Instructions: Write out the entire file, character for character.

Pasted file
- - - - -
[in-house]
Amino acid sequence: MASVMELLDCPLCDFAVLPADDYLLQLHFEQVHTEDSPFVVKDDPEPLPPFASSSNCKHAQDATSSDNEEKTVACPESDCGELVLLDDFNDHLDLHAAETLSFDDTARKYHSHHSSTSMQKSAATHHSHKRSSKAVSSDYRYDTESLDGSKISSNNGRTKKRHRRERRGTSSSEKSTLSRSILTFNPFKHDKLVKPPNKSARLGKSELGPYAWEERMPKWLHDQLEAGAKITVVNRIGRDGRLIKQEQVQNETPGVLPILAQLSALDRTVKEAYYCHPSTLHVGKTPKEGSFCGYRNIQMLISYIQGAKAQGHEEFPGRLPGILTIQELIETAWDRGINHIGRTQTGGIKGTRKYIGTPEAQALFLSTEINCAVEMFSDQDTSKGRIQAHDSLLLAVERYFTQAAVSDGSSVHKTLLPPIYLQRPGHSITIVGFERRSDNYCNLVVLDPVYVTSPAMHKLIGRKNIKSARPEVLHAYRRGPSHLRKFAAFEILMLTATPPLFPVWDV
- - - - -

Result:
[in-house]
Amino acid sequence: MASVMELLDCPLCDFAVLPADDYLLQLHFEQVHTEDSPFVVKDDPEPLPPFASSSNCKHAQDATSSDNEEKTVACPESDCGELVLLDDFNDHLDLHAAETLSFDDTARKYHSHHSSTSMQKSAATHHSHKRSSKAVSSDYRYDTESLDGSKISSNNGRTKKRHRRERRGTSSSEKSTLSRSILTFNPFKHDKLVKPPNKSARLGKSELGPYAWEERMPKWLHDQLEAGAKITVVNRIGRDGRLIKQEQVQNETPGVLPILAQLSALDRTVKEAYYCHPSTLHVGKTPKEGSFCGYRNIQMLISYIQGAKAQGHEEFPGRLPGILTIQELIETAWDRGINHIGRTQTGGIKGTRKYIGTPEAQALFLSTEINCAVEMFSDQDTSKGRIQAHDSLLLAVERYFTQAAVSDGSSVHKTLLPPIYLQRPGHSITIVGFERRSDNYCNLVVLDPVYVTSPAMHKLIGRKNIKSARPEVLHAYRRGPSHLRKFAAFEILMLTATPPLFPVWDV